Tea with Jane Austen by Kim Wilson – History, Recipes, Quotes – A Post a Day in May

It is entirely possible that many of you already know Tea with Jane Austen as it was a favourite with book bloggers when it came out. That wasn’t exactly yesterday but in 2011. This edition, that is. The original was published in 2004.

Tea with Jane Austen is a delightful and informative book that will charm Jane Austen and tea lovers alike. As the introduction states:

The book examines the role tea played in everyday life for Jane Austen (1775 – 1817) and her characters. Illustrated with extracts from her novels, her letters, and the writings of her contemporaries, each chapter looks at tea in a different context, from taking tea at various times of day to its function in particular aspects of their lives. I also include some recipes of the time, along with adaptations for the modern cook, for tasty fare that was served with tea.

I like that we learn a lot about Austen’s life and the history and importance of tea at the time. The extracts from the letters and the quotes from the books really transport you back in time.

It’s an ideal companion to read alongside the novels, an excellent introduction to her life and work, or a nice way to remember those we’ve already read. But it can also be used to recreate a breakfast, afternoon, or evening tea à la Jane Austen.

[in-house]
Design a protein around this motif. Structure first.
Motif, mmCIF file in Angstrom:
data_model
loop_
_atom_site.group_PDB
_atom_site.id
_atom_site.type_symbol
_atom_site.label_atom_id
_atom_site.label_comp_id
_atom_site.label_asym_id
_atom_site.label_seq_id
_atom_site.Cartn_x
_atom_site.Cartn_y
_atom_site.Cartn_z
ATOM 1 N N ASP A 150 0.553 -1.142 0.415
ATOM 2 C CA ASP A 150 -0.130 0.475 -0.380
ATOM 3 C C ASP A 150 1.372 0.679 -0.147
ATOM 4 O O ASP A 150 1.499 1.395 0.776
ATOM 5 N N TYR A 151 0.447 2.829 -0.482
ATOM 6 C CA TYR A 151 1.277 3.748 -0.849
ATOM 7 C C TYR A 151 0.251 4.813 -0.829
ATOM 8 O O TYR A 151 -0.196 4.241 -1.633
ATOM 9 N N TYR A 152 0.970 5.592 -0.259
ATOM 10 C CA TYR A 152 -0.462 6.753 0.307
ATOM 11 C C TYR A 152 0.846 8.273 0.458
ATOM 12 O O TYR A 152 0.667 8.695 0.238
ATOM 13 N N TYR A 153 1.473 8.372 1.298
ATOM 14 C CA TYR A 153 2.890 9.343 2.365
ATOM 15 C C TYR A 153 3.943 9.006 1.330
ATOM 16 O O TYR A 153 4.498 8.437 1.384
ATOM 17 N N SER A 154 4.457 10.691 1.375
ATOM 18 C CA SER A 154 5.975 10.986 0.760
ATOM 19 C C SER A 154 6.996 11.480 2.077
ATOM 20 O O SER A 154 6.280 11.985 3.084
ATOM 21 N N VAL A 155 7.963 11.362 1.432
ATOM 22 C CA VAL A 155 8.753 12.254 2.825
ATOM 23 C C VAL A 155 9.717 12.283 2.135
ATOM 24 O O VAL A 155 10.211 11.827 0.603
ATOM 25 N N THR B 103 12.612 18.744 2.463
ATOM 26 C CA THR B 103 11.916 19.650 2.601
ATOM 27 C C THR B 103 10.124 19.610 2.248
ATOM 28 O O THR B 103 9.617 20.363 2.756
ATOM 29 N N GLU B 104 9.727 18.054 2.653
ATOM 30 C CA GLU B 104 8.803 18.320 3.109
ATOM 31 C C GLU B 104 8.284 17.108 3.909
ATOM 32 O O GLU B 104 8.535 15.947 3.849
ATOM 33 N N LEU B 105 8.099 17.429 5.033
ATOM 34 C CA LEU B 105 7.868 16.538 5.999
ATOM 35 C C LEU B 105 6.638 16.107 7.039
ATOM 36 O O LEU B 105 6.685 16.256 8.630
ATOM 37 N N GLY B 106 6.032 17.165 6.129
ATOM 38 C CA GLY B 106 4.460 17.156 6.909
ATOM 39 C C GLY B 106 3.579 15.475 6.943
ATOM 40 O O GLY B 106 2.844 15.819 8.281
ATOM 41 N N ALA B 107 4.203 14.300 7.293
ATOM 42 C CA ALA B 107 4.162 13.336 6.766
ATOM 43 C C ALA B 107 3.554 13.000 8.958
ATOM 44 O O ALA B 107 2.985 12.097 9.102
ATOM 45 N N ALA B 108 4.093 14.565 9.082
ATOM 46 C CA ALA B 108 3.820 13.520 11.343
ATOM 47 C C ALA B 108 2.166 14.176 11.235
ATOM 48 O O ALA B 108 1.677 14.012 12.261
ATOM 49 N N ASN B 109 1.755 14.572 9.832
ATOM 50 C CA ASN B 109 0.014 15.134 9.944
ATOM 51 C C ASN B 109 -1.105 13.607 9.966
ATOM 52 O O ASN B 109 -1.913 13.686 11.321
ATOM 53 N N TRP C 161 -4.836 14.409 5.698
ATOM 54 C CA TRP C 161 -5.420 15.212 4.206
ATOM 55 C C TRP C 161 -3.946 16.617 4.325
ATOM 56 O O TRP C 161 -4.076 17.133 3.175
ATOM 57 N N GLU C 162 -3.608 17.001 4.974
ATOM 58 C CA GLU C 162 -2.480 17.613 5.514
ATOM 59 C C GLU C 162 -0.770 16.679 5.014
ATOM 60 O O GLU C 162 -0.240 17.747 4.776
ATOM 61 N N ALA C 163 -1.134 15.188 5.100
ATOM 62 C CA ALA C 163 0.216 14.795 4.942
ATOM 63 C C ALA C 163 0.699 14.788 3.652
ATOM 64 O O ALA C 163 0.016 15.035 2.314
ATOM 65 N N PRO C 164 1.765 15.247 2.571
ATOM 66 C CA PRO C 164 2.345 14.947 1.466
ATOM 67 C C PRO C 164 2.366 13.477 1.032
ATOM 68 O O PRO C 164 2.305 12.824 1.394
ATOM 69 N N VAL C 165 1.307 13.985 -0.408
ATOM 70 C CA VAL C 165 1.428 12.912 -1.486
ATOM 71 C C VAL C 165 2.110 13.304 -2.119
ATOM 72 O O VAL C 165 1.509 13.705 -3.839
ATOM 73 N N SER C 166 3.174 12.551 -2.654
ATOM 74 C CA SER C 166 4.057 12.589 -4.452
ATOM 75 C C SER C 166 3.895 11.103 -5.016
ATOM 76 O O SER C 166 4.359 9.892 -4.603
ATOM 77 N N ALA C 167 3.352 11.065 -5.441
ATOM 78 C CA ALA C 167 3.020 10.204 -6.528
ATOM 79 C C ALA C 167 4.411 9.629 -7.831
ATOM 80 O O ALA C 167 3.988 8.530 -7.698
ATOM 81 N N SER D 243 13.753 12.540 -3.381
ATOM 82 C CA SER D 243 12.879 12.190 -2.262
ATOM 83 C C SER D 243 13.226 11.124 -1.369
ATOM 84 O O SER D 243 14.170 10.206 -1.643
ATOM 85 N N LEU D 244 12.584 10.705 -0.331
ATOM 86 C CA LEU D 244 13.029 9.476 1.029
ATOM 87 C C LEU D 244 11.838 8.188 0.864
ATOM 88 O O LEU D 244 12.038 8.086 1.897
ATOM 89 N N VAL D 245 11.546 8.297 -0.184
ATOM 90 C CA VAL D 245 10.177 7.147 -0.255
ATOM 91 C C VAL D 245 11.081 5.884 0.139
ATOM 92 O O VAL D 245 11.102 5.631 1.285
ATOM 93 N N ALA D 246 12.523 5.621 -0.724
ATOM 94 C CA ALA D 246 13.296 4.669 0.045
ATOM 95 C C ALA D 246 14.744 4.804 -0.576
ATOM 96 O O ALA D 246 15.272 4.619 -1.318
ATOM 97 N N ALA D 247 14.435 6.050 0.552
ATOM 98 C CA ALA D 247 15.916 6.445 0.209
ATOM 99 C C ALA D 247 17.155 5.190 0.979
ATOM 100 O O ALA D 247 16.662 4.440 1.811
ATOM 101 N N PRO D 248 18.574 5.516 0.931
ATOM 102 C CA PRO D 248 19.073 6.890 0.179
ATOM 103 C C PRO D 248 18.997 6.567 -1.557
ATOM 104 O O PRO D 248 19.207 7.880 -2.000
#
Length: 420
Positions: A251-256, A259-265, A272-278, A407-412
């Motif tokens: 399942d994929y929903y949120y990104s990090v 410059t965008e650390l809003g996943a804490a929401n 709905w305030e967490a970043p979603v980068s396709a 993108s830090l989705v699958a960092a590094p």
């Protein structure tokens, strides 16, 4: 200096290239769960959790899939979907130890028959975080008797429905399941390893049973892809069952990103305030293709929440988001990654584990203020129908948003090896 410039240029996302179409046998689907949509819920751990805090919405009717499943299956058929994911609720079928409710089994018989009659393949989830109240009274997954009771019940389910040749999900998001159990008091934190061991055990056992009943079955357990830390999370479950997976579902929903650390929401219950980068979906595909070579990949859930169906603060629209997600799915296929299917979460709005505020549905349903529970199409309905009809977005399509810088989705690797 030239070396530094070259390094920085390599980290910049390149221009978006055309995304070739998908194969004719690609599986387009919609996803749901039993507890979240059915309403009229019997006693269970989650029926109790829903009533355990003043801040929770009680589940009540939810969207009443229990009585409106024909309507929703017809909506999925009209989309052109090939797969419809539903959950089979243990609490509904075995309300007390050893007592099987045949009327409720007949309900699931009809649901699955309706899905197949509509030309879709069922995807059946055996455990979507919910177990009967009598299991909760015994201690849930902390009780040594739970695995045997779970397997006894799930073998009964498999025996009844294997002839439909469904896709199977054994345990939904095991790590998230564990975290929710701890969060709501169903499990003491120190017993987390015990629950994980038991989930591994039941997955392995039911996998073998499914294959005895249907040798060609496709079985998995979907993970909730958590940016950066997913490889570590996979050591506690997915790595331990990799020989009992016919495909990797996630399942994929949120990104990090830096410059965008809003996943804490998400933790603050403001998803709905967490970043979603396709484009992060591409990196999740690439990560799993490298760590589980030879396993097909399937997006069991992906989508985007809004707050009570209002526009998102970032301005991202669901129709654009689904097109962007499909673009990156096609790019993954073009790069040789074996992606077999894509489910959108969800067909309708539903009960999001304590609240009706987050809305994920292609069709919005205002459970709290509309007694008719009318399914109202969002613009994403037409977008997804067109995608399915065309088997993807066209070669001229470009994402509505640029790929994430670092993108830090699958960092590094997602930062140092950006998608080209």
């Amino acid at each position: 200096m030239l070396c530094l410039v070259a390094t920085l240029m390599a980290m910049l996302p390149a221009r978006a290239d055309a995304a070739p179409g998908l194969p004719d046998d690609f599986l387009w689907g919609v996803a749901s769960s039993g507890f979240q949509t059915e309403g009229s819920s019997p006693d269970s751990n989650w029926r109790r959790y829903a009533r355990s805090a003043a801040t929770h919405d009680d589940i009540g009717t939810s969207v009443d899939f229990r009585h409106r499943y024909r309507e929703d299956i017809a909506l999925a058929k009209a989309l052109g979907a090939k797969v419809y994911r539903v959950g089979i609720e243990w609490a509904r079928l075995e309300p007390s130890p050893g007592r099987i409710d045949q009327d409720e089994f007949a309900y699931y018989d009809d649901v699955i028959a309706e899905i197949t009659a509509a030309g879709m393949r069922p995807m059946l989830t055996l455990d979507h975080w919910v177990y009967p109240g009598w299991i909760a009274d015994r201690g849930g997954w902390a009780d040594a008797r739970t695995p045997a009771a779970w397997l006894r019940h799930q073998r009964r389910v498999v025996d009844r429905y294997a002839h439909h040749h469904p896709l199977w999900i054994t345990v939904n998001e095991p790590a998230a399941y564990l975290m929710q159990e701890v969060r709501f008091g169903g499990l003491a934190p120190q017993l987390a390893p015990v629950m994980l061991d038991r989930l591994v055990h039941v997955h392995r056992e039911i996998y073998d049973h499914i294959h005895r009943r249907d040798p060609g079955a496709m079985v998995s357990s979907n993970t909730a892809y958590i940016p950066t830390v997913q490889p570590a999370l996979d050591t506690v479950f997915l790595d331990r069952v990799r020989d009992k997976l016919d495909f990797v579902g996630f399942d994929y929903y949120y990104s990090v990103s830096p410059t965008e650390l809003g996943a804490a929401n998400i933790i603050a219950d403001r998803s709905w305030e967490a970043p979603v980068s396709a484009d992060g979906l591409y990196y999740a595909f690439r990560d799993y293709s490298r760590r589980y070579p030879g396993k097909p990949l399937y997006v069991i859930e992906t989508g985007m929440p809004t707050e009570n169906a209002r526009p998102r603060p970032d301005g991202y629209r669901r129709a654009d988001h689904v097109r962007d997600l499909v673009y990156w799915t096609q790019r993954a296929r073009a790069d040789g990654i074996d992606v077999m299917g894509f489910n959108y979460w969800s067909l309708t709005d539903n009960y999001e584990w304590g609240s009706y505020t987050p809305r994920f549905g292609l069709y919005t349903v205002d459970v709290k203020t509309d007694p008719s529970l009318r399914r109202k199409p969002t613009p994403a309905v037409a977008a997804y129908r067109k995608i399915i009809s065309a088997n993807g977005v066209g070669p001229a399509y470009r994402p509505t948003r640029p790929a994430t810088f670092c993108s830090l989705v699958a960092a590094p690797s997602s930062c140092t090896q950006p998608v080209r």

Kim Wilson has written other books about Jane Austen. At Home with Jane Austen looks particularly appealing.


13 thoughts on “Tea with Jane Austen by Kim Wilson – History, Recipes, Quotes – A Post a Day in May

  1. This looks like a beautiful book, Caroline! Loved the pages you shared! Jane Austen and tea – sounds so cool. On a related topic, not related to Jane Austen, but related to tea, one of my favourite passages on tea is from Henry James’ ‘The Portrait of a Lady’. It goes like this –

    “Under certain circumstances there are few hours in life more agreeable than the hour dedicated to the ceremony known as afternoon tea. There are circumstances in which, whether you partake of the tea or not – some people of course never do, – the situation is in itself delightful.”

    • That’s such a lovely quote. My afternoon tea used to be so impirtant until for some reason it didn’t agree with me any more. It’s quite bizarre as coffee is no problem.
      I’ve had thos book for a while but taking it out and browsing it again, put me in the mood to finally read it from beginning to end and add a reread of some Austen books. I like her so much.

  2. Sounds interesting. It seems that tea played such an important part of English Social life during the 18th and 19th Centuries and into the 20th Century. I am thinking of not just Austin, but books by Anthony Trollope and others that had many passages centering on tea time.

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